International Battery Metals Ltd says SLR International Corporation (SLR), a leader in environmental and engineering services, has completed its independent review of IBAT’s first-of-its-kind modular, mobile lithium extraction plant and verified the patented technology extracts more than 65% of available lithium from brine, effectively strips out impurities and recycles and reuses more than 94% of water.
The third-party independent review also confirmed the robust modular design of the plant and ease of transportation and relocation, which could allow access and a means to capitalise on a more diverse range of lithium-bearing brine resources globally, including smaller sites in varied terrain – such as those in the US – that are currently considered uneconomical due to the current, dominant extraction technologies, according to the company.
“The results of this independent review are a strong validation of our ground-breaking technology,” Dr John Burba, IBAT CEO, said. “IBAT’s technology is faster and more economical because it can be built, deployed and brought online in a fraction of the time, and at a fraction of the cost of traditional lithium mining models and, further, we can extract more lithium from a given resource with less environmental impact than any other available technology.”
The modular direct lithium extraction (MDLE) plant located in Lake Charles, Louisiana, has been flow testing lithium-bearing brine since early May 2022, and extracting lithium chloride (LiCl) since mid-May, making IBAT the first company globally to successfully operate a commercial-scale mobile lithium extraction plant, it says.
“From the beginning, our goal has been to create a technology that is environmentally friendlier than any technology currently in operation, while demonstrating consistently superior lithium recovery, scalability and mobility, and we believed we could do it all at a lower cost,” Dr Burba said. “We are thrilled that a team as experienced, technically skilled and globally-renowned as SLR were able to validate the technology on our first operational and commercially available plant.”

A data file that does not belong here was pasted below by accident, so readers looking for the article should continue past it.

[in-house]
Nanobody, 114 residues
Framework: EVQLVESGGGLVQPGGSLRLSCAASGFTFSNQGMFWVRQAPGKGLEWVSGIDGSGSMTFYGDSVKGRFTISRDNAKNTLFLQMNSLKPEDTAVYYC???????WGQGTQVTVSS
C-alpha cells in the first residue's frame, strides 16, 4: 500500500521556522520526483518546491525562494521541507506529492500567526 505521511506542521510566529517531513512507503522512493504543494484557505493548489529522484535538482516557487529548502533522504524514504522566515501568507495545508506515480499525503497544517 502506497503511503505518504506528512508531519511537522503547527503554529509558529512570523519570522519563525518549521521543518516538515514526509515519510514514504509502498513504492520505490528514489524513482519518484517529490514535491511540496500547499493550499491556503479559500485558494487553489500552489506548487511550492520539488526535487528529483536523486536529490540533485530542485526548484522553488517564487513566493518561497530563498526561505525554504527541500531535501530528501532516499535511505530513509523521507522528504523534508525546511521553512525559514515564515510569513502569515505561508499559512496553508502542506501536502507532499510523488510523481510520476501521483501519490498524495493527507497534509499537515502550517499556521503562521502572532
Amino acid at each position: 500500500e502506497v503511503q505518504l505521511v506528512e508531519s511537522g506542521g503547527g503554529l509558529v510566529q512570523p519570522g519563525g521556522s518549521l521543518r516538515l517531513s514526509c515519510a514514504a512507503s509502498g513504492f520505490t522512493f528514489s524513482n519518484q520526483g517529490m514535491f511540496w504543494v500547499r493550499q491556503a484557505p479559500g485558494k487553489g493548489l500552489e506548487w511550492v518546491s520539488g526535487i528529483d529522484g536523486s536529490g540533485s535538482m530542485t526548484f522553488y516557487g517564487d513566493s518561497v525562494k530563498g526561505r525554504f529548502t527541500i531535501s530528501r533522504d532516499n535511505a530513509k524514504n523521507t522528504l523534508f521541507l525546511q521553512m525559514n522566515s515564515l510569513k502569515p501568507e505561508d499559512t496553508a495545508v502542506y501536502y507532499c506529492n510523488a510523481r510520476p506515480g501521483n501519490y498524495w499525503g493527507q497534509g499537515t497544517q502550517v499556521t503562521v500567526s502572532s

The SLR review, International Battery Metals says, assessed and confirmed:
- The modularity and mobility of the plant design;
- The ability to extract lithium, including:
- Lithium extraction from the source lithium-bearing brine; and
- Recovery of quality lithium chloride (LiCl) from the absorbent
- Efficiency of impurity rejection;
- Performance consistency through multiple cycles; and
- Water recovery determined from water balance calculation.
As configured, the plant is designed to produce 5,738 t/y of LiCl, or 5,000 t/y of lithium carbonate equivalent from a brine with a lithium concentration of 1,800 parts per million (ppm) of lithium.
SLR’s operational review consisted of observation of continuous processing of a brine, containing 300 ppm of lithium, through the plant and monitoring the solution chemistry by sampling at regular intervals to determine the performance of the process equipment and the absorption media through three loading and elution (extraction with a solvent) cycles.
The brine was sourced in the US and delivered in significant volume to the plant via tanker truck. In the first phase of extraction from the raw brine, SLR found that “lithium extraction for the three cycles ranged from 72.6% Li to 87.5% Li with an average extraction of 81% Li”. In the second phase, which recovers the lithium from the absorbent material to develop commercial-grade lithium chloride and lithium carbonate, recovery “ranged from 58.3% Li to 89.0% Li with an average of 68.8% Li”.
This is significantly higher than the industry-wide average of 50% for evaporative lithium processing, based on data from the National Renewable Energy Agency (NREL), a laboratory of the US Department of Energy, the company said.
An important part of IBAT’s MDLE process is the selectivity of the absorbent, which strips out the lithium but leaves other naturally occurring elements in the brine, which allows the brine to be reintroduced into the environment, vastly reducing the overall environmental impact.
Specifically, the SLR report states that the tests: “indicate the clear selectivity of the absorption media in favour of lithium over calcium, magnesium, sodium and potassium. During the absorption cycle, the lithium concentration of the spent brine decreases from a fresh feed concentration of approximately 300 ppm Li to approximately 10 ppm Li while the concentrations of the impurity metals remain essentially unchanged.”
Thanks to its modular design, the Lake Charles plant has the potential to be expanded to produce up to 20,000 t/y of LiCl, based on the capacity and composition of the brine resource.